Cyber Security and Emerging Threats Krista Burns

Weak statehood and the threat to international security

On June 24th  2013,  Foreign Policy and Fund for Peace released their recent publication   “Failed State Index”, in which they analyze 177 countries over 12 different economic, social and political indicators to determine how well or how poorly a state is functioning. Although some debate the methodology and the parameters that are used to construct the Failed State Index, what is unique about it is that it goes beyond the traditional belief that failed states are states with chronic instability, conflict and poor government control. While this is true for many of the states that top this list, analyzing a states success goes far beyond this simplistic definition of what constitutes state failure.

Somalia, the country that has occupied the top spot in the FSI list  for the last 6 years in a row is considered by scholars to be the archetypal failed state. It is described by the Fund for Peace as virtually lawless, ungoverned and prone to bitter conflict, fitting with the traditional definition of a failed state. In addition, other countries in the top 10 such as the Democratic Republic of the Congo (DRC), made the list due to chronic human insecurity, conflict and violence, as well as virtual absence of a state. On the other hand, there are states like Zimbabwe, which currently holds the 10th spot, that possess an authoritarian government, but has been weakened due to economic mismanagement and bad governance.

In her article for Fund for Peace entitled, No State is an Island: The Importance of a Multisectoral Approach, Krista Hendry wrote that no state is isolated from the international community, and “pressures in one state, often lead to wider destabilization.” This can be seen in events such as the Eurozone economic crisis, which started with countries like Spain and Greece, yet has had negative impact on most European countries. One thing that is important to remember is that state fragility does not necessarily entail that a state will be a threat to international security. The Eurozone crisis is indicative of this. Despite some social unrest, austerity measures and issues such as high unemployment and the economic crisis did not evolve into a major security issue.

This, however, is not the case for many of the states that find themselves at the top of the Failed State Index, particularly in Africa and the Middle East, many of where nations comprise the top of the Failed State Index. Although many countries in these regions have experienced improvements, including Somalia, the presence of widespread and severe economic, social and political issues has meant that instability does not happen without regional or international implications.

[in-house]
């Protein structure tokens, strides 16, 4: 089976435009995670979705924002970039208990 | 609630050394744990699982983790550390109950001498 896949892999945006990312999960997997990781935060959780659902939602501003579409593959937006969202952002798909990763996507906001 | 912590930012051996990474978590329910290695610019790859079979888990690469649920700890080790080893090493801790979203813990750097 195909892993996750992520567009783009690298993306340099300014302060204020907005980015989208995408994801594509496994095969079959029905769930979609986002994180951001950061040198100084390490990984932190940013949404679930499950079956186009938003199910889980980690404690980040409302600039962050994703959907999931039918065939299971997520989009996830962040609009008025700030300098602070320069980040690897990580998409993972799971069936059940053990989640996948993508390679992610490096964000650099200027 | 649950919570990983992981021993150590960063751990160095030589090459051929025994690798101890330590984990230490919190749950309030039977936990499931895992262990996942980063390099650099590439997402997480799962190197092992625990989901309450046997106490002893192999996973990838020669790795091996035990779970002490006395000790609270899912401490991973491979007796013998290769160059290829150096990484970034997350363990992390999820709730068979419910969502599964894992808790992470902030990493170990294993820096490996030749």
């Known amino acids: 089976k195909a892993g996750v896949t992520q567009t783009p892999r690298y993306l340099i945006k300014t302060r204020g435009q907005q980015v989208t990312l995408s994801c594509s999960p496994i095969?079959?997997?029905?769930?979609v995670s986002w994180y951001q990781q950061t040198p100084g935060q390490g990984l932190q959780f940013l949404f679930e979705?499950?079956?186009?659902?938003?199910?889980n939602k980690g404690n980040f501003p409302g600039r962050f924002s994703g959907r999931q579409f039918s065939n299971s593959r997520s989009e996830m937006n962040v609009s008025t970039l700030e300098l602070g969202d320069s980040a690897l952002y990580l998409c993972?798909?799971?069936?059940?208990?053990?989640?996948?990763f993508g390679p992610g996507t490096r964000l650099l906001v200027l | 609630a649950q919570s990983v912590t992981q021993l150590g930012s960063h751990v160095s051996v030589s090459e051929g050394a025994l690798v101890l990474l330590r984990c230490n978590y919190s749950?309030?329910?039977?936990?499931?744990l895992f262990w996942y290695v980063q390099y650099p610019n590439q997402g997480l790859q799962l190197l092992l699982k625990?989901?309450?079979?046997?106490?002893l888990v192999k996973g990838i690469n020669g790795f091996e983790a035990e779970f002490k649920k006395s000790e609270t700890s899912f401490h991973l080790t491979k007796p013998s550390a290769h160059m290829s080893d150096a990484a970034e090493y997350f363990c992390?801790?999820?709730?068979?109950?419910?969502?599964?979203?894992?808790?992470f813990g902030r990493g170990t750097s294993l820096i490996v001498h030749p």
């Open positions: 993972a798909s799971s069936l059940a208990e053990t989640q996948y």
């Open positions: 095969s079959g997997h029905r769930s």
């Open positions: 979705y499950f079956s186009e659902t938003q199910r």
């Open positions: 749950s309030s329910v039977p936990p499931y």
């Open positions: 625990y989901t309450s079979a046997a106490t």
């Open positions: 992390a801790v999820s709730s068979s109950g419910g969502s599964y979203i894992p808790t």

This is notable in North Africa and the Western Sahel. According to Fund for Peace writer Nate Haken, the wave of instability that affected Libya in 2011, has migrated south with the UN Security Council’s Group of Experts reporting that weapons from the 2011 civil war have moved throughout the region. Countries such as Chad, Niger, and Mali witnessed large escalations in conflict during 2012 and countries like Mauritania are experiencing a spill-over from the conflicts in the region in the form of border disputes, and a large influx of refugees.

In an increasingly interdependent world, regional instability and state failure does not happen in a vacuum, and has the potential to present a threat to the international community if unchecked. For example, one indicator of state fragility, the presence of lawless and ungoverned areas has proven to be a threat to international insecurity of which the Southern movement in Yemen (currently ranked 6th on the FSI) is a clear example. These ungoverned areas now provide safe haven for Al-Qaida in the Arabian Peninsula. The same trend can also be seen in the Federally Administered Tribal Areas of Pakistan (ranked 7 and 13 on the FSI), which  hosts Al-Qaida, Taliban and many other affiliated terrorist groups.

In the end, it is the unwillingness of the developed countries to effectively deal with the issue of fragility or to selectively intervene when we believe it suits our purpose that is the greatest threat to international security. We can no longer view issues as regional or isolated, but yet countries such as the United States hold on to this belief to a fault. Many developed countries are becoming increasingly selective of how and when they intervene; prioritizing between national security interests and counterterrorism tactics over direct intervention, and nation building. The main problem with this is that it fails to demonstrate a commitment to combat instability and fragility in the world, by allowing regional fragility to fester and threatens the international community more than politicians care to acknowledge.

Krista Burns
Krista, a native of Guelph, Ontario, graduated from the University of Sussex with a MA in International Security. She also holds a BA Honours in International Relations and Politics from the University of East Anglia. Her main focus has been terrorism and counterterrorism, with a particular focus on Al Qaeda and its various splinter groups. However, she also has a basis in irregular warfare, ethnic conflict, and security relations.